On 30 January Germany’s ambassador to Uzbekistan, Neithart Hoefer-Wissing, officially confirmed that a small German air base in Termez in Uzbekistan will continue to function. The Termez base has been in operation since 2001 and, since the American Karshi-Khanabad air base closed in 2005, it has become the only Western military base in Uzbekistan. Since 2008 it has also been used by other NATO states with contingents in Afghanistan. Earlier, on 22 January, Deputy Assistant Secretary at the US Department of State Daniel Rosenblum announced that the United States was going to donate 328 MRAP-type armoured vehicles to Uzbekistan.
The extension of the operation of the German base in Termez is mainly connected with securing the logistics of the mission in Afghanistan, which remains NATO’s largest external involvement. As part of the training-advisory operation Resolute Support 12,500 NATO soldiers (including 850 from Germany) will be stationed in Afghanistan until 2016. Additionally, approximately 10,000 American soldiers are taking part in Operation Freedom’s Sentinel which also contains a combat component (counter-terrorism actions).
In spite of the reduction of the involvement in Central Asia (e.g. closing the American Manas base in July 2014) the West is trying to maintain a limited presence in the region. Apart from its considerable logistical importance, the Termez base has a political function – it can be used by other NATO states (mainly the USA) and it is also the only NATO base on CIS territory. The scale of the America’s recent military assistance for Uzbekistan has been unprecedented and the USA has announced that similar assistance might be granted to Kazakhstan and Tajikistan. These countries have already considered the possible American assistance for Uzbekistan as a change in the balance of power in the region.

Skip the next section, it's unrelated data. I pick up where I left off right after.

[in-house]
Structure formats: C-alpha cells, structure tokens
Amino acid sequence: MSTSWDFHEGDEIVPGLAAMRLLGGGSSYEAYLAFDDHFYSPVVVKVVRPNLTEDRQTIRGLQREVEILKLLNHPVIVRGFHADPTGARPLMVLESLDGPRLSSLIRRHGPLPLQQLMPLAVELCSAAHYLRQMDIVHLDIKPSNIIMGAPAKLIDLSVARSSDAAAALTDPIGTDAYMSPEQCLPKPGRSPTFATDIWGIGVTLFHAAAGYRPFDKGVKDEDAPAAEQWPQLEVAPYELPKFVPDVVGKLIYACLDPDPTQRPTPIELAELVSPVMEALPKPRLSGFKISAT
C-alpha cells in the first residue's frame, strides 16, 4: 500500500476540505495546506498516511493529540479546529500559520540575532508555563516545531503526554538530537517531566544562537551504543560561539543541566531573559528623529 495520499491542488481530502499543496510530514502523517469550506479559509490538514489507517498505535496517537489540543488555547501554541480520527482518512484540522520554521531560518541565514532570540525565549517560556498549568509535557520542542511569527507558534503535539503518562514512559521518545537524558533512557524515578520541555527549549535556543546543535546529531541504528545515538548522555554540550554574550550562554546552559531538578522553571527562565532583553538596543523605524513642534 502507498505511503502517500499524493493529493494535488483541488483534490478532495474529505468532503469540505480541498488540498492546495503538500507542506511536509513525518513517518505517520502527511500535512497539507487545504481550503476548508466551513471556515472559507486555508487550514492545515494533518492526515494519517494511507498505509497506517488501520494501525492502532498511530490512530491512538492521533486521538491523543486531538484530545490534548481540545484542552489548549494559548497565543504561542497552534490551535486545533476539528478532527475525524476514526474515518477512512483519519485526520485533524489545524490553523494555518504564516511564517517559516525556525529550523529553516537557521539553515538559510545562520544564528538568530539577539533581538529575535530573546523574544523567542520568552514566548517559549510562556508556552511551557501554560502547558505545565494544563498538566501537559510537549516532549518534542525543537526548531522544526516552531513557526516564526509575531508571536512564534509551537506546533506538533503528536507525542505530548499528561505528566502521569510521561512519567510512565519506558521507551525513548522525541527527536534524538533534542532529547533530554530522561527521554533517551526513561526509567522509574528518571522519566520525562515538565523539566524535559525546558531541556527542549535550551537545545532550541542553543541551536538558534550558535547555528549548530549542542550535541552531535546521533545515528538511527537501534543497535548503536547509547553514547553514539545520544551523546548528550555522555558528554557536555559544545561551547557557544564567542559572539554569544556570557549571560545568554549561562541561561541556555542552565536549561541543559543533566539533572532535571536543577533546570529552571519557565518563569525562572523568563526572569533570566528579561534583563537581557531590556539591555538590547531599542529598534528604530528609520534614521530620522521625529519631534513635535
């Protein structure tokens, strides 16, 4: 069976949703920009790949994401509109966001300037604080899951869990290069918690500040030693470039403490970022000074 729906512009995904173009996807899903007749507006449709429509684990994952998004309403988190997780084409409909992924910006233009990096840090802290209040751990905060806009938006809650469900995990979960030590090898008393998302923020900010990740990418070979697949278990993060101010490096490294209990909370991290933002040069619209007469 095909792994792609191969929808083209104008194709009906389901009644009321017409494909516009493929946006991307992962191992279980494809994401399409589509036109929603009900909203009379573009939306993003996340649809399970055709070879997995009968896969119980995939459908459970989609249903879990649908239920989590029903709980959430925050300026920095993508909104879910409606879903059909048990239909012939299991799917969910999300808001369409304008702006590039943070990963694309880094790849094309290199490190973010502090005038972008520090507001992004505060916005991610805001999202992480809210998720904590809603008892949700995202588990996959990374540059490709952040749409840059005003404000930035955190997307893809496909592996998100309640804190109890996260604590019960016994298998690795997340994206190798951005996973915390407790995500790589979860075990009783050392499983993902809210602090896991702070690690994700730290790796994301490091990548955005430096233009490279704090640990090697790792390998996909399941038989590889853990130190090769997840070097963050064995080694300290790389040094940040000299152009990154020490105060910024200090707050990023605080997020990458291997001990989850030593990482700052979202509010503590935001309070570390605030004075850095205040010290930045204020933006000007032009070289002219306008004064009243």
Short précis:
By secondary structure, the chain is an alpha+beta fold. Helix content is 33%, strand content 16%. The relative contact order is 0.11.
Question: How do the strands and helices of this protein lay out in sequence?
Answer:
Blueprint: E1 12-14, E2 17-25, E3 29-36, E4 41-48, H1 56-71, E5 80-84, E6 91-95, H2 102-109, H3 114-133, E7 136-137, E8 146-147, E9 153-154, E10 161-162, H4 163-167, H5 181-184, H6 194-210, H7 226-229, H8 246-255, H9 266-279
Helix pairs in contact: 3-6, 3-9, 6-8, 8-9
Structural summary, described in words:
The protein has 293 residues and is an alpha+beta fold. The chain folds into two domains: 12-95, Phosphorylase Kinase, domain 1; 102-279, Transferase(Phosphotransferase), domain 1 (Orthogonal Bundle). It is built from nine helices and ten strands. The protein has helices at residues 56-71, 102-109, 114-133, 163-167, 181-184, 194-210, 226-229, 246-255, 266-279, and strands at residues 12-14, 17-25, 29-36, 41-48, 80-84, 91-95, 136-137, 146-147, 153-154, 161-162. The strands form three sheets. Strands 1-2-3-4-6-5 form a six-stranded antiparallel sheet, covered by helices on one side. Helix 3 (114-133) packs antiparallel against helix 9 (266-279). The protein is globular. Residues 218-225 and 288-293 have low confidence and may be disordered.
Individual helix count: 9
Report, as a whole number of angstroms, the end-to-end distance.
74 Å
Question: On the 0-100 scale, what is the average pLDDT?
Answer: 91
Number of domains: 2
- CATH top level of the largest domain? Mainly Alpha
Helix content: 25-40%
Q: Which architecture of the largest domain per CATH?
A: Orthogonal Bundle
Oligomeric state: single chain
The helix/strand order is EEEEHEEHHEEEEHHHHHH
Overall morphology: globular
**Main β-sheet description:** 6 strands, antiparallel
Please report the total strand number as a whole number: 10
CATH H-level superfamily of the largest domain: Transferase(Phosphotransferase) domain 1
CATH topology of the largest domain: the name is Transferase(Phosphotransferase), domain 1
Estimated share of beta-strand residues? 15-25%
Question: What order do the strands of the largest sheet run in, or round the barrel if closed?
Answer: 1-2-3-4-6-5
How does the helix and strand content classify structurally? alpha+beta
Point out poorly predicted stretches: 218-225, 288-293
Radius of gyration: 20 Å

In the security sphere Uzbekistan has consistently distanced itself from close cooperation with Russia, and utilised its cooperation with the West for this purpose. Since 2012, when Uzbekistan suspended its membership of the Collective Security Treaty Organisation (CSTO), the relations between Tashkent and Moscow have further cooled. Since then Russia has been trying to reinforce its influence in Uzbekistan, using both negative and positive actions for this purpose. Examples of the former include: a donation of military equipment and weapons worth US$ 1.5 bn to Kyrgyzstan and Tajikistan and fuelling the potential separatist mood in Karakalpakstan. While President Vladimir Putin’s visit to Uzbekistan in December 2014 (during which Russia announced it had agreed to unconditionally cancel US$ 826 million of Uzbek debt) provides an example of the latter. Uzbekistan’s acceptance of American military assistance and the continued NATO military presence on its territory have demonstrated that Tashkent’s policy has become confrontational towards Moscow. Russia considers Central Asia to be in its zone of influence; a particularly exclusive one in terms of security. Uzbekistan’s assertive approach has been evident particularly in the context of Russia cranking up its reintegration ambitions in CIS territory over the past year (including the annexation of Crimea, the war in Donbas and the creation of the Eurasian Union).